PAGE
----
Androniscus dentiger Verhoeff, 1908

Common name

Rosy Woodlouse


Androniscus roseus sensu auct. Brit. not C.L.Koch, 1837
Androniscus weberi Verhoeff, 1908


GB IUCN status: Least Concern

ID Difficulty



Although variable in colour, in life it is usually bright orange or salmon pink, but body pigment is rapidly lost in alcohol.  The entire body is covered in coarse tubercles, easily seen with a hand lens, and the eye is composed of a single black ommatidium. As with all trichoniscid woodlice the antennal fagellum comprises a tapered cone (of indistinct segments) bearing a terminal bristle.
Immatures may be mistaken for Trichoniscoides spp. (which have a reddish ocelli that fades in alcohol) and the coastal Miktoniscus patiencei (which has a white body).
Keith Lugg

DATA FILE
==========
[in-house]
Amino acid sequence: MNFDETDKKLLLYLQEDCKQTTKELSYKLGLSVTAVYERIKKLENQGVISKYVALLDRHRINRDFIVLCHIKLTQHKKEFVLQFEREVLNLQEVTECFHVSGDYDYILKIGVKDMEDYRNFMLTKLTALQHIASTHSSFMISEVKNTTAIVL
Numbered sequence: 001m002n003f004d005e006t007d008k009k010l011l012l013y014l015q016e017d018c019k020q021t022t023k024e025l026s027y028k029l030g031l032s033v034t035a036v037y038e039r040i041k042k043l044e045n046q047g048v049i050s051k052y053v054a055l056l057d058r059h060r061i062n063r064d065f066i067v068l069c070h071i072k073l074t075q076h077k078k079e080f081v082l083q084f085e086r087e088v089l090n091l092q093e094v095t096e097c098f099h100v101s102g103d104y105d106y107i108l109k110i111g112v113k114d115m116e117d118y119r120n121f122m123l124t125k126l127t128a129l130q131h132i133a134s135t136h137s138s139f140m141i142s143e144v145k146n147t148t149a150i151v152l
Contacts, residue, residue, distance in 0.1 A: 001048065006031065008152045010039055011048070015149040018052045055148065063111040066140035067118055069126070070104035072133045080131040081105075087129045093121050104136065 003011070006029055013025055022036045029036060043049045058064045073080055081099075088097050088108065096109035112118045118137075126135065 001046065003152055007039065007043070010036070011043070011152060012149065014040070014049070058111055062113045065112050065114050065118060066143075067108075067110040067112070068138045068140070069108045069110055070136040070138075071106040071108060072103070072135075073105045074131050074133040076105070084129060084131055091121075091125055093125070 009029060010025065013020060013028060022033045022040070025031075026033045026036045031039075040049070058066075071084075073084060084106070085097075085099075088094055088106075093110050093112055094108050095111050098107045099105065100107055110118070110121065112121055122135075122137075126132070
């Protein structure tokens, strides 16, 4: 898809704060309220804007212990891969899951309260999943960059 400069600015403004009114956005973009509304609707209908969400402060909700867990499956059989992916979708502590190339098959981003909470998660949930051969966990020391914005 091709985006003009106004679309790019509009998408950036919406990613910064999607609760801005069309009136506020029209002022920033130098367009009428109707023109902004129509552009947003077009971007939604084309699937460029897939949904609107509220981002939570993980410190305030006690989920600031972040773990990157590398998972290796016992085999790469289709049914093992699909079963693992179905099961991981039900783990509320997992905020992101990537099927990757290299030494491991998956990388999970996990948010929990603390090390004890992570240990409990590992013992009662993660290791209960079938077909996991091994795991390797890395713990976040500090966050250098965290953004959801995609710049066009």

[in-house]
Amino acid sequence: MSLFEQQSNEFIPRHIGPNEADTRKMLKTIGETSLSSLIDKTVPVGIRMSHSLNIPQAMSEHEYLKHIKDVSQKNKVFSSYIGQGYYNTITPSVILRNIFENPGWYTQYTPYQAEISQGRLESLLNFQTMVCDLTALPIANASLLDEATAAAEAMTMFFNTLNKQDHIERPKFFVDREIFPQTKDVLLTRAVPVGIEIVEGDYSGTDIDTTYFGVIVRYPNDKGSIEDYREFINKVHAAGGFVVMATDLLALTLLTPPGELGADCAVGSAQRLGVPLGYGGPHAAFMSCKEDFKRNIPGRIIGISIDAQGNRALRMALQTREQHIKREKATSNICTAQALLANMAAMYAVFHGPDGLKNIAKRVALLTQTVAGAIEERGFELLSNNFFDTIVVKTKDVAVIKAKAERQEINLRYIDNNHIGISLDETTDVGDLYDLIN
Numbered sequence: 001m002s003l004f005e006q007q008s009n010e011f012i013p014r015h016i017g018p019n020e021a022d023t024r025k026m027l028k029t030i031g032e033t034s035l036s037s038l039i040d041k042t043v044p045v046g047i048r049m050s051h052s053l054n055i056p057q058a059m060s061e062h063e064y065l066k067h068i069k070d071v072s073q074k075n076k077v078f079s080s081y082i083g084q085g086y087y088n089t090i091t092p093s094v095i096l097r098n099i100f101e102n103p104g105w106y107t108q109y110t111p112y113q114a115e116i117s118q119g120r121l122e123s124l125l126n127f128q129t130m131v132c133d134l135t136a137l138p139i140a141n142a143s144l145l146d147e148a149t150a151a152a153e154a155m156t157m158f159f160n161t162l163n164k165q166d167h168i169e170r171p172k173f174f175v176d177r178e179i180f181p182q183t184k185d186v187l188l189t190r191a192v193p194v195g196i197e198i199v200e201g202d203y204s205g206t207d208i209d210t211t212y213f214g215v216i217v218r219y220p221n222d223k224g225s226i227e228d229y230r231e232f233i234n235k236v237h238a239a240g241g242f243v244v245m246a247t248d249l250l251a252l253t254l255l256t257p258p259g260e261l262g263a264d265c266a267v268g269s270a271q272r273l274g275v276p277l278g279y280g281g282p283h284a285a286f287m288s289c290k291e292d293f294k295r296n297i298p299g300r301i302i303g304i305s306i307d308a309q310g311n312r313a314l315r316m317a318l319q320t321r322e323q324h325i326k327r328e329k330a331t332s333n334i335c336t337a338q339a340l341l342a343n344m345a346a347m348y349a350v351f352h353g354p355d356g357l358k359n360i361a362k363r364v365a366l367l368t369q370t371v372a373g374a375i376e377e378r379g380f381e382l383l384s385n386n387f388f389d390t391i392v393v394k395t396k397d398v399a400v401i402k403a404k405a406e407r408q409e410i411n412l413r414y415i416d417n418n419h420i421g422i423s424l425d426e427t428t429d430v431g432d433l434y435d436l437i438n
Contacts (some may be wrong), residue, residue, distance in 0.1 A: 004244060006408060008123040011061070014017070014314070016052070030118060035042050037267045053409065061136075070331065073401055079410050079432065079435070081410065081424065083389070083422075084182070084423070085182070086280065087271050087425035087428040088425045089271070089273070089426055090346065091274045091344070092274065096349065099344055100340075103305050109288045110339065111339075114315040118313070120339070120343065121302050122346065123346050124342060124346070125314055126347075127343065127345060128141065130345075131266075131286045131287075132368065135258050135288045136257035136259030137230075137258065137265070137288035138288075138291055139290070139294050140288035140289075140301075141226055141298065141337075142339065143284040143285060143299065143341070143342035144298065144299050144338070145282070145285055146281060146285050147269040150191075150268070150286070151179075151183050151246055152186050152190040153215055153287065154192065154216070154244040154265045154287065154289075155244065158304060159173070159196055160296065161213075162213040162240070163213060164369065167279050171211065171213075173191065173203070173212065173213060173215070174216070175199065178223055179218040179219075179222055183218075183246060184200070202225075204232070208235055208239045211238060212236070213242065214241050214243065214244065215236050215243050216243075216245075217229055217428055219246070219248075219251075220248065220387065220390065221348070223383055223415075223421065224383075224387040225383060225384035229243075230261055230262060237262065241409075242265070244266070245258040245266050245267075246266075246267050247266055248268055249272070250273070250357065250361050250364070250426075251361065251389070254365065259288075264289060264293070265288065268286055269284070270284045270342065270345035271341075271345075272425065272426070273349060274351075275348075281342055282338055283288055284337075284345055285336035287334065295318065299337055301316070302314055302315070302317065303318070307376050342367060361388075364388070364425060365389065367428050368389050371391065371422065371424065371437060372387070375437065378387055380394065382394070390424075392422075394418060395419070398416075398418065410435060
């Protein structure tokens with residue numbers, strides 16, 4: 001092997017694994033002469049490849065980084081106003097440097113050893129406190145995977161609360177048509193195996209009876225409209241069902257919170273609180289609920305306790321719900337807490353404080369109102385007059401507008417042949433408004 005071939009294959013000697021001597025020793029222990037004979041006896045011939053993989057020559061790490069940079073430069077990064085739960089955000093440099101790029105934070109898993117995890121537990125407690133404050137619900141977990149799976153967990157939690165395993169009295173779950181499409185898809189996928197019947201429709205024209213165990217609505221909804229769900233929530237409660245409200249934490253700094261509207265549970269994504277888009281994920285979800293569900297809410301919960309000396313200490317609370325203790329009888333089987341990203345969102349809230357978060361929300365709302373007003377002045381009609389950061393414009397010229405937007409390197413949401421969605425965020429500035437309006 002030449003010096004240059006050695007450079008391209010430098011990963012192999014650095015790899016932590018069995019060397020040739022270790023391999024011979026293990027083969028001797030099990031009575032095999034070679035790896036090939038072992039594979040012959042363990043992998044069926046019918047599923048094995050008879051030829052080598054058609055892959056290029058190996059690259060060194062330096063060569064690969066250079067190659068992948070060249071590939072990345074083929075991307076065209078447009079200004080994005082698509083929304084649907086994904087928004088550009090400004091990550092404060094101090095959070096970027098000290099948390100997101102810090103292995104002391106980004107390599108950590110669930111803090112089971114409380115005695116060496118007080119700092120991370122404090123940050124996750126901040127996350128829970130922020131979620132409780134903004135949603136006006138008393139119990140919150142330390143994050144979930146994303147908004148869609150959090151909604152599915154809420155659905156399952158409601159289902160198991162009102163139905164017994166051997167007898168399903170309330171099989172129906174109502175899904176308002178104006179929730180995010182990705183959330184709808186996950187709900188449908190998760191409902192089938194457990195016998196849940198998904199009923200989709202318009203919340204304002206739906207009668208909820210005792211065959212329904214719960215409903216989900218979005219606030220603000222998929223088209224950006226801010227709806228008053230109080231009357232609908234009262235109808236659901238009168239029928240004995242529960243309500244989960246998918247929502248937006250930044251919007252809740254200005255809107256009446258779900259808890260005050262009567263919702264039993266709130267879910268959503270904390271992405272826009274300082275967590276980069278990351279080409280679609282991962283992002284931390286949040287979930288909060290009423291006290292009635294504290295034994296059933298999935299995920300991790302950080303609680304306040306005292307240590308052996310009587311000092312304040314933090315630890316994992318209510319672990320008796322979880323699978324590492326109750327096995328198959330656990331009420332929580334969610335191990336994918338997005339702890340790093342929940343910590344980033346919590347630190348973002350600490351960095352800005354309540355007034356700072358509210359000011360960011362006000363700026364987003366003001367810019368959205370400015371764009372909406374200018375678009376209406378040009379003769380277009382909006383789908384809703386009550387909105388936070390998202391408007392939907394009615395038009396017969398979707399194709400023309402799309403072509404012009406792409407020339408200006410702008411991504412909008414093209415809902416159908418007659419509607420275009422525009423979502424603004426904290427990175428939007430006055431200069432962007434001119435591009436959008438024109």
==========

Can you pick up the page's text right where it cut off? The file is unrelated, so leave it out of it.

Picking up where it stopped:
Bill Urwin
Warren Maguire
J.P. Richards
J.P. Richards
Warren Maguire
Keith Lugg
Nicola Garnham
Nicola Garnham
Warren Maguire
Warren Maguire

Distribution and Habitat

A common woodlouse across much of lowland Britain and Ireland.
It is equally at home in semi-natural coastal habitats, such as sparsely vegetated shingle, boulder beaches or erosion banks, and synanthropic sites including churchyards, gardens, waste ground, farmyards, etc.
It can be found in a wide array of microsites, but often on the underside of large stones or amongst rubble.
This summary is based on the detailed account in Gregory (2009).



Gregory, S. (2009) Woodlice and Waterlice (Isopoda: Oniscidea & Asellota) in Britain and Ireland.  Field Studies Council/Centre for Ecology & Hydrology.



BRC Code